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The recent Supreme Court judgment in Guest and another v Guest [2022] marks the latest in a long line of farming disputes dealing with the expectations of claimants involved in farming businesses.


The case centred on the Claimant Andrew Guest, who had worked on his parents’ farm for over 30 years in the expectation that one day he would inherit the family farming business.

After a breakdown in relations with his parents in 2014, Andrew was excluded from their Wills. At this point his parents offered him a new farming business tenancy but this was rejected by Andrew.

The breakdown of the farming partnership resulted in Andrew starting legal proceedings in 2017 seeking a declaration of entitlement to a beneficial interest in the family farm. Andrew’s claim was brought under doctrine of proprietary estoppel.

This is a complex area of law with numerous cases redefining the Courts approach to remedies. In essence, the doctrine of proprietary estoppel operates to stop a person reneging on a promise that they have made, for instance, where a farmer promises their children the family farm on the parent’s death.

A claimant must establish the following three elements to successfully claim an award from the Court:-

1. A representation, promise, assurance or other encouragement by the defendant giving rise to an expectation by the claimant that he/she would have a certain proprietary interest.

2. Reliance by the claimant upon that expectation.

3. Detriment to the claimant in consequence of the reasonable reliance

The concept of detrimental reliance is particularly important in the context of family owned farming businesses which often operate with assurances to the next generation as to the inheritance of the farm business. Notable cases in relation to proportionality of a claimant’s expectation include Davies v Davies [2016], where the award of monetary sum was made to represent the detriment the Claimant had suffered. By contrast, the remedy granted by the Judge in Gee v Gee & Anor [2018] was based on the Claimant’s expectation rather than the detriment that they had suffered.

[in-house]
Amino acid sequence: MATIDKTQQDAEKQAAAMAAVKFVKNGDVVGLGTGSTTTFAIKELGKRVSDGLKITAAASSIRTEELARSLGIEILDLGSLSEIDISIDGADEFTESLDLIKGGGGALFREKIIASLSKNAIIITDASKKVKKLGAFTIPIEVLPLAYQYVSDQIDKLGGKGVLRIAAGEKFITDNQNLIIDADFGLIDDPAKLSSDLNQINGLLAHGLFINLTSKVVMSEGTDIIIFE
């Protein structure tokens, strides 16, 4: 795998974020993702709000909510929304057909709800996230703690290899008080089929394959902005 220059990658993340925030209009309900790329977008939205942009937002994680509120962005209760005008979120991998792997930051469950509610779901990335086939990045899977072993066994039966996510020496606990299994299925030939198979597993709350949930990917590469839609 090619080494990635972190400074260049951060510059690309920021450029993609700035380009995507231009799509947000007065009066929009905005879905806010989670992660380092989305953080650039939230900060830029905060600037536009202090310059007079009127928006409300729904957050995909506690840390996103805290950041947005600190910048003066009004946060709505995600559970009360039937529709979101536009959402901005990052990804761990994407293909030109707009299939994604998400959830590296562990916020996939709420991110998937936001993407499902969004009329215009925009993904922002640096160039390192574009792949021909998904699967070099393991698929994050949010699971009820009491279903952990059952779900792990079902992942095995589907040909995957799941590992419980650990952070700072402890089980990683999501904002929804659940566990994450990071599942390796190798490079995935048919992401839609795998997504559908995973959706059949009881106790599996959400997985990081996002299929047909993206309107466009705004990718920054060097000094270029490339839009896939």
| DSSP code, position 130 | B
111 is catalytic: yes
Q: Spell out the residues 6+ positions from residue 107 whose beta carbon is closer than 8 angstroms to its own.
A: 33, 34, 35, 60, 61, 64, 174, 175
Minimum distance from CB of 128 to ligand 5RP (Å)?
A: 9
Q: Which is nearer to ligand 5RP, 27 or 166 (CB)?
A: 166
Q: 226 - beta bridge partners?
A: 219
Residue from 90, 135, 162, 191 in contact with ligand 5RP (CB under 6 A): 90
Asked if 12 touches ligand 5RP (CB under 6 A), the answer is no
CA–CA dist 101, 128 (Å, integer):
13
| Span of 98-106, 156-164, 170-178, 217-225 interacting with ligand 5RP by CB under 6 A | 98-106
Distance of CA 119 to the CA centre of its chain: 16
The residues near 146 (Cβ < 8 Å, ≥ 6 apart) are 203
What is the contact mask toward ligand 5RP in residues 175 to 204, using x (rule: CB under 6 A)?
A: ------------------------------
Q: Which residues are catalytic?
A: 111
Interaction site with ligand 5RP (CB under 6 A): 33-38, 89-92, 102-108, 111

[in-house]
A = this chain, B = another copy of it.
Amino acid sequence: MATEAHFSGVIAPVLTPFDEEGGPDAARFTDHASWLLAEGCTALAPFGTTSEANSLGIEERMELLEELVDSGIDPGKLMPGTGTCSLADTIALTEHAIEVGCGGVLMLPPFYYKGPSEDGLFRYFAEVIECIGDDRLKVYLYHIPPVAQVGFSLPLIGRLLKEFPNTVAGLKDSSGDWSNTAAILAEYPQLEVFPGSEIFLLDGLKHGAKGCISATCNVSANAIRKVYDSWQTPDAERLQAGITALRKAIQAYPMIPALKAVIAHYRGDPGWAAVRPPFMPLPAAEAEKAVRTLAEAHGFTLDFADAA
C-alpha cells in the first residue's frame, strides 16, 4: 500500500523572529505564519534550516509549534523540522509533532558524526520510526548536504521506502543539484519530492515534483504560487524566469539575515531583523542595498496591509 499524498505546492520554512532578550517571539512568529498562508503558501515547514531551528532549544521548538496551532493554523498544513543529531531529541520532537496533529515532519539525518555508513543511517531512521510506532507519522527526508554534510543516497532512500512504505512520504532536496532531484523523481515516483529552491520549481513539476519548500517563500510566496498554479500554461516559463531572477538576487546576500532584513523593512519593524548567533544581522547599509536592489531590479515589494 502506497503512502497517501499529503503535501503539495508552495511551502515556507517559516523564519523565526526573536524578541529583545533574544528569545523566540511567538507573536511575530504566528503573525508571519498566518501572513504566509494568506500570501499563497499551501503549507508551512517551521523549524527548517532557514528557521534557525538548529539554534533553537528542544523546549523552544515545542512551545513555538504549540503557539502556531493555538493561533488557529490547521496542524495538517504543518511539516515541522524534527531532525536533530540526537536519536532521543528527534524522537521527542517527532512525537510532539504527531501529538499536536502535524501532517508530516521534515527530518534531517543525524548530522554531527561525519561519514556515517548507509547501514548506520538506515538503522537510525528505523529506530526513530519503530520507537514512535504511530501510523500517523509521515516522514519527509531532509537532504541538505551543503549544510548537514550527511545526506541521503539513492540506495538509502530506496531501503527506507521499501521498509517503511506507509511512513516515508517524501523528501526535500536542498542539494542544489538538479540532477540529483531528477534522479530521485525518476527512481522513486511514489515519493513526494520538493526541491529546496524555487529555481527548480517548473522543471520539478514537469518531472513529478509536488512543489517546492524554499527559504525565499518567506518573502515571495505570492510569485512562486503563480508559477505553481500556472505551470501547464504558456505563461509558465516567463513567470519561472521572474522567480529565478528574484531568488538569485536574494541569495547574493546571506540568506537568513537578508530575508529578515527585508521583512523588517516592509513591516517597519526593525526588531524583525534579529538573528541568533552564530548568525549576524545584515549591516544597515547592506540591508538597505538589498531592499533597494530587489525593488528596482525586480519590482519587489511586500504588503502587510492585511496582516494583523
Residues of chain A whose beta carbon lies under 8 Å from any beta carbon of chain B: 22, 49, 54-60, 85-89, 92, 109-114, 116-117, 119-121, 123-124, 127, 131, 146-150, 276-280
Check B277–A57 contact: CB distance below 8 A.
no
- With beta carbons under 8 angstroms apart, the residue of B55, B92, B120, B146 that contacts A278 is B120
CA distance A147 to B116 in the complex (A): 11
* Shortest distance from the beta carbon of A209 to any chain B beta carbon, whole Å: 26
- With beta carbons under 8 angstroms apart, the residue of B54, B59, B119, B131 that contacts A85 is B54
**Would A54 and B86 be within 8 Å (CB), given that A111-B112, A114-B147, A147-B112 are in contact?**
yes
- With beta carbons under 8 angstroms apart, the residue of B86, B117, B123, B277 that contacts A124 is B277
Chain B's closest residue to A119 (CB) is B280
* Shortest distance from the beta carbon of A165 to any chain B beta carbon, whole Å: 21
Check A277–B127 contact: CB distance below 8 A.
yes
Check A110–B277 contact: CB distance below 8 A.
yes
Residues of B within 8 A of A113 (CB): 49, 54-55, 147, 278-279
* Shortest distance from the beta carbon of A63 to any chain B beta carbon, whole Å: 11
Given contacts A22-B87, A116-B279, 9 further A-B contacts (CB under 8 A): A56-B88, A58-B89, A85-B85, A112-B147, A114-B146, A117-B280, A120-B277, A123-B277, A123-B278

Amongst others, this line of cases has demonstrated that the Court will consider the impact of promises which are relied on by a claimant and ultimately influence their life decisions.

The Case

The foundation of Andrew’s case stemmed from his claim that he had been promised by his parents that he would inherit a sizeable part of the family farm. He successfully argued that his decades working on the farm on a low wage meant that he had suffered a detrimental reliance on their promise.

In the High Court, the Judge at first instance found that there was an assurance in his favour. The remedy ordered by the Judge was a substantial lump sum payment to be made by his parents based on the value of the farm and farm business. This would however, require a sale of the farm in the parent’s lifetime.

Hence Andrew’s parents appealed to the Court of Appeal. They argued that any remedy awarded to Andrew should have been based on his detrimental reliance during his working life or alternatively based on the extent that he had contributed to the farm’s value , as opposed to what Andrew’s expectation was. Their appeal was dismissed by the Court of Appeal.

The case ultimately reached the Supreme Court on further appeal by the parents. The Supreme Court considered whether Andrew’s expectation was an appropriate starting point when considering what an appropriate remedy should be in this case.

The remedy ordered by Lord Briggs in October 2022 departed in some ways from that of the Judge at first instance and, it was decided that Andrew should receive either an immediate reduced lump sum payment, taking into account accelerated receipt of the benefit by the Claimant in the parent’s lifetime, or alternatively, subject to a life interest for the parents, an award of the family farm being placed into a trust for him.

This was a significant legal outcome and the case is a sad, but not uncommon, example of the emotional and financial distress caused generally by a lack of proper estate and business succession planning and the absence of any legally binding written agreement.

It will be interesting to see how the Court’s deal with remedies in similar cases in future in light of the comprehensive and extensive guidance in the judgement in this case.